The Australian Women's Weekly April 2021

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in this issue

2 min
open line

WORDS OF WISDOM A very profound read about actress Susan Sarandon (My Year of Letting Go, AWW, March). Her wisdom about what is important and her empathy as an actor made this story a very giving one. S. Yarrow, Tamborine Mountain, Qld NO HOLDING BACK Sexual abuse and rape is not new. However, what is new is seeing an individual like Grace Tame, who has been serially raped, named as our Australian of the Year (AWW, March). This courageous young woman has given voice to so many others who are now coming forward to speak their truth, and she is emboldening yet more women to realise they are not to blame. Considering the events in Australia’s Parliament House over recent months, the choice of Grace, back in January, was almost divine insight. C. Jolliffe, Buderim,…

1 min
royal news & views

PRINCESS MARY has shared a conversation she had with daughter Josephine about International Women’s Day. “Equality is not about being equal, but about gender not having a role when opportunities present themselves and decisions are made … or when following one’s dreams.” PRINCESS EUGENIE said words can’t express the love she and husband Jack Brooksbank feel for their newborn son August Philip Hawke Brooksbank, who she’s introduced to the world. “Our hearts are full of love for this little human,” she said. THE QUEEN virtually visited Australia to unveil a statue of herself in Adelaide. She joked it might alarm people to suddenly see the statue out the window. “Gracious! Has she arrived here unexpectedly?” she said of the piece by Robert Hannaford.…

1 min
women we love

SONG OF SURVIVAL Singer Maria Venuti (right) has celebrated her 80th birthday by returning to the stage for the first time since her stroke in 2016. She sang to raise funds for the Stroke Foundation. AUSSIE IN VOGUE Sydney Uni alumnus Margaret Zhang, 27, has become the youngest ever Vogue editor-in-chief, taking the top job at Vogue China. She was anointed by Vogue icon Anna Wintour. SAM STEPS DOWN After eight years at the helm of Sunrise, Sam Armytage is taking time out to “enjoy a bit of slow living” and spend time with her family, new husband Richard Lavender and her dog, Banjo.…

1 min
virtual awards still bring sparkle!

THE PARED-BACK format couldn’t dull the Golden Globes, and while the red carpet was sparse, Jamie Lee Curtis (above right) brought enough glamour for a dozen stars in an Alex Perry creation. Jane Fonda (above left) received the Cecil B. DeMille Award and made a plea for on-screen diversity, and Nicole Kidman, Keith Urban and daughters Sunday Rose, 12, and Faith Margaret, 10, attended via Zoom. In a touching tribute, Emma Corrin thanked Princess Diana, whom she played in The Crown, as she accepted her Best Actress award. “You’ve taught me compassion and empathy beyond any measure. On behalf of everyone who remembers you wonderfully and passionately in our hearts, thank you.” Sacha Baron Cohen, who won two Golden Globes, also collected an AACTA, to the delight of his Aussie…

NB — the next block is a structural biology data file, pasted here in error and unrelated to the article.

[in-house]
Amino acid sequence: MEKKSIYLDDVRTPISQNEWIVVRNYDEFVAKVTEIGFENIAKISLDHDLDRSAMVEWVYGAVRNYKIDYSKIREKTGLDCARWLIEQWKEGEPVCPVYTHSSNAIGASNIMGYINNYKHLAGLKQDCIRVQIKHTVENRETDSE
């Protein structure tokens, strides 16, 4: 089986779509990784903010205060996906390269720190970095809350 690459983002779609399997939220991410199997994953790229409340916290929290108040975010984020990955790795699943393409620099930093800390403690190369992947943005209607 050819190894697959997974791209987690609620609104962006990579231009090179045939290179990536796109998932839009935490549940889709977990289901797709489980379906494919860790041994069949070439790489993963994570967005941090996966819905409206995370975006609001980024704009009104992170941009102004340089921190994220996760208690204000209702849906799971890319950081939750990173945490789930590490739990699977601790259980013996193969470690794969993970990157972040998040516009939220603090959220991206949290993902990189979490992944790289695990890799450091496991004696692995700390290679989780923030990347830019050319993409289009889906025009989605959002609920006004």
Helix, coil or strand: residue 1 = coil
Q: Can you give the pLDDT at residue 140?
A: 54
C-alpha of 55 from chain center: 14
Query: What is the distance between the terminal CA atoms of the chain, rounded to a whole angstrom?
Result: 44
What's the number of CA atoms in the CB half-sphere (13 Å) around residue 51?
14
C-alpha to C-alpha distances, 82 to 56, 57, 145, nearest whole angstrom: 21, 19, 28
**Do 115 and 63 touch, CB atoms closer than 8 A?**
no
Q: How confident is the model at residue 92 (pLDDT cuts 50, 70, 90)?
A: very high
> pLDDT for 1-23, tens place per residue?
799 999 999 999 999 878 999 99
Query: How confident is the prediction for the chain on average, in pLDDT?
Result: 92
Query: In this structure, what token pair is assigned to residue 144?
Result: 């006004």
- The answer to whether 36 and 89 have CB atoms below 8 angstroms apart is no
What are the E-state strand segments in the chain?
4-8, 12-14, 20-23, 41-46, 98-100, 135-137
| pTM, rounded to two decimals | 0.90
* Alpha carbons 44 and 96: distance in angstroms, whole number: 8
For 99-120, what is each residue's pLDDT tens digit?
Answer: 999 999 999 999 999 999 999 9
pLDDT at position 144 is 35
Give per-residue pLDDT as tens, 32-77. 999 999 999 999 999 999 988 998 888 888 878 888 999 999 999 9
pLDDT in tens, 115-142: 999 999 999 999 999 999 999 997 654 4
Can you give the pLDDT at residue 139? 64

5 min
‘we’re continuing to break the cycle’

Maryam Chimosa was just two years old when her family set up home in Brisbane, Queensland. She’d been born in a Kenyan refugee camp, the safe sanctuary her parents and two older siblings had arrived in after fleeing Somalia’s civil war. “We didn’t know what to expect,” Maryam says now of those early, disorientating years in Australia. “My parents didn’t speak English. We weren’t familiar with the system in the same way that people who grow up in Australia have parents who are aware of the things that happen in schooling. It was difficult, definitely, with us not having English as our first language, and our parents not being able to support us because they didn’t speak it either.” Meanwhile, James Cosentino grew up as an only child in a single-parent household…

14 min
role model royals

IN the fallout from Harry and Meghan’s bombshell interview with Oprah Winfrey, the spotlight falls glaringly on the Cambridge family to keep the British (and Australian) monarchy moving forward. More than ever, Prince William, Catherine and their three children are seen as the – hopefully – shining future of what, as The Weekly goes to press, is a royal family under attack. It’s pertinent that the first member of the House of Windsor to publicly deny the shocking claim of racism within the royal family that Harry and Meghan alluded to in their interview was Prince William. He and Catherine were visiting a school in East London when a reporter shouted: “Is the royal family racist, Sir?”. Off-the-cuff media questions are frowned upon by royal aides and consequently usually ignored, but a…